Is a Green Roof Right for Your Home

Is a Green Roof Right for Your Home

by Elizabeth Loveland

Green roofs are ever more popular in European and Canadian residences, but in the US, they are still thought of mainly as an option for large commercial and public buildings. A green roof may be the right choice for your existing home.

Green Roof Basics

Many people think that a residential green roof requires structural reinforcements, but many existing houses can support a 3” green roof without major structural changes. A reputable green roof company will initially consult with a structural engineer to make sure of this, and will then thoroughly test your roof for weak spots and possible leak sites before moving forward with an installation.

Three-inch green roofs are typically planted with low-growing plants such as creeping sedums and mosses, which need no supplemental irrigation. To grow larger perennials and/or crops, the green roof typically needs to be a minimum of 6” deep, up to 9” or more. A green roof of this depth may need structural reinforcements on residential homes. Depending what plants you choose for a larger installation, you may need to add an irrigation system, increasing costs. Many green roof installation companies encourage irrigation systems that cache rainwater rather than use tap water.

TPO and PVC roofs don’t need an additional roof membrane installed before a green roof is added, but if a roof has shingles, they will need to be removed before the green roof installation can begin. Most green roof companies recommend that the entire roof be covered by the green roof installation.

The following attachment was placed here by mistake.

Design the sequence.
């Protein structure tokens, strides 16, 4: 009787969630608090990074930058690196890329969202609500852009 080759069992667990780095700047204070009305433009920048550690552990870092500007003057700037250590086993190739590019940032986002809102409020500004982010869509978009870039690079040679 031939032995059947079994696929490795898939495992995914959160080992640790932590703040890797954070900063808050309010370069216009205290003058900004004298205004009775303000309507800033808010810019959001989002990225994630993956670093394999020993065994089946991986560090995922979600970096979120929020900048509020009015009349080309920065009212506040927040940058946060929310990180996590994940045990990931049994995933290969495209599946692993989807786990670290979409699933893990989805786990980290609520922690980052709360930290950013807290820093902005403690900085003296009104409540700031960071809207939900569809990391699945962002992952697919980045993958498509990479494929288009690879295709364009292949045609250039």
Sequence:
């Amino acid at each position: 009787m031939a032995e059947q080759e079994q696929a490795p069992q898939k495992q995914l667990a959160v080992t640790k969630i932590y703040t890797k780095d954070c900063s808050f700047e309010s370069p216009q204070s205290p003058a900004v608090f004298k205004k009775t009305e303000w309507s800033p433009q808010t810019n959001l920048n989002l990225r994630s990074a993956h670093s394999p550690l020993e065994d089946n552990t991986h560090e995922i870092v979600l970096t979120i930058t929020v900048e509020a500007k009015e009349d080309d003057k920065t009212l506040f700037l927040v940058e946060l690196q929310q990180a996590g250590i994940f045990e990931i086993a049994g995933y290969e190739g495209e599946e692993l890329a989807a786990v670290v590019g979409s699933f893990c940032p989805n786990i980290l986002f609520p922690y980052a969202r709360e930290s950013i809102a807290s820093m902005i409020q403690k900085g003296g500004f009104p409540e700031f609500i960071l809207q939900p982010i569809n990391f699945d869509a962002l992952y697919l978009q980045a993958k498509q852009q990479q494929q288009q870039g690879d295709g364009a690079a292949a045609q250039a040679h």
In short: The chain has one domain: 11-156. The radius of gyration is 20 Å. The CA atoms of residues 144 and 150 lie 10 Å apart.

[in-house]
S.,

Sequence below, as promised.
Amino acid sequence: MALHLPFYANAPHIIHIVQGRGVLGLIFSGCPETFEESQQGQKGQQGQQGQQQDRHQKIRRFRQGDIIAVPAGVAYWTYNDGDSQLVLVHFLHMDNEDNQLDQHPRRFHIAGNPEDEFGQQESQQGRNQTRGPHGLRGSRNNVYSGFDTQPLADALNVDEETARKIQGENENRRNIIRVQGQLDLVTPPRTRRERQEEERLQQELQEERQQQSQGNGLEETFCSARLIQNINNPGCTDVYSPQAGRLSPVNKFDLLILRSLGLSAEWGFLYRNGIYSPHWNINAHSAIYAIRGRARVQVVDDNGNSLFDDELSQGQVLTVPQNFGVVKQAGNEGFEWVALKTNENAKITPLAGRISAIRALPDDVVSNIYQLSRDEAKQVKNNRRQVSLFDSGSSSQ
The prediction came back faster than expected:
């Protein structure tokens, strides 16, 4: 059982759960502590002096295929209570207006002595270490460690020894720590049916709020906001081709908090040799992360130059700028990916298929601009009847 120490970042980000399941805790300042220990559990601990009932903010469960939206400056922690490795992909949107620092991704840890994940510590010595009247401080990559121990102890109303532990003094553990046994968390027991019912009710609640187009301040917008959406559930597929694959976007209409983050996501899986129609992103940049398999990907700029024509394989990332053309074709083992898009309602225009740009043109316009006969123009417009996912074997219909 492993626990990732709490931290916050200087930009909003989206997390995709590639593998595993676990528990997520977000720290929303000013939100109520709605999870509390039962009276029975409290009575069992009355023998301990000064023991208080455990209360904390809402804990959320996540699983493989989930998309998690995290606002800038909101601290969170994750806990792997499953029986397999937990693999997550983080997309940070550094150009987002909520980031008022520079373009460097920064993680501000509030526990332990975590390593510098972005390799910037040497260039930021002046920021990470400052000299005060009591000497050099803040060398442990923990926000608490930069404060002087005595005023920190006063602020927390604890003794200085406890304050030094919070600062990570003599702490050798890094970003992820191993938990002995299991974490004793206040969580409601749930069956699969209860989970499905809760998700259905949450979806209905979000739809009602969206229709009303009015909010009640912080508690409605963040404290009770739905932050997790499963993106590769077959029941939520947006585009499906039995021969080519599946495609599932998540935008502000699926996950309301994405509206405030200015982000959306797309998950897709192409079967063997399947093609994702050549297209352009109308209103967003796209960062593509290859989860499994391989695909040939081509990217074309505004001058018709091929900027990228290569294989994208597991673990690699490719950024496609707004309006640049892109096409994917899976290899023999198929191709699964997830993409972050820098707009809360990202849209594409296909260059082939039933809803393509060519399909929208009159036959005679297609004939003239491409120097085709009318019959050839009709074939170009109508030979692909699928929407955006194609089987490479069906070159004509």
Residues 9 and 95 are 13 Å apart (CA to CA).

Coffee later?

A green roof will dramatically extend the life of your roof, making it last a minimum of 2-3 times longer. There is a green roof on a factory in Switzerland that was installed in 1914 and has never needed replacement. Green roofs limit roof damage, help prevent deterioration from UV rays and provide better insulation, limiting the weather-variable expansion and retraction that significantly lessens the lives of residential roofs.

Additional Benefits and Considerations

Is a Green Roof Right for Your Home

Green roofs improve energy efficiency, particularly with cooling costs, but the extent of the benefit varies depending on the shape of the building. The shorter and squatter the building, the higher the energy savings will be. A two-story house that is wider than it is tall will reap more savings than a thin eight-story building. In the latter, the energy savings will mostly be seen on the top couple of floors. The difference in temperature on the roof will be dramatic, however; in summer, a black roof can get to 160 F or more, whereas a green roof is about 70 F.

In addition to the shape of the building, consider the shape of the roof. The more dramatically sloping the roof is, the more likely the installation will require special extra materials to secure the green roof in place. If the roof is to be accessible to people, it may also require extra materials to make pathways and other accessibility points. Also find out what your local storm water requirements are, as they may impose certain requirements on the project.

Green roofs provide new amenity space to homeowners, improving the property’s value. This is especially beneficial in cities, where green spaces are at an especially high premium. Green roofs also provide additional habitat for wildlife, which is not just an added bonus to many homeowners, but may be an extra selling point to potential buyers.

Consult with a Specialist

Since each existing building has unique characteristics, it is impossible to estimate how much a green roof will cost. If you are considering adding a green roof, consult with a green roof specialist. One way to tell how reputable they are is whether they calculate roof load based on “saturated weight,” the weight the roof will be when fully soaked (and, if in a cold-winter area, topped with excess snow).


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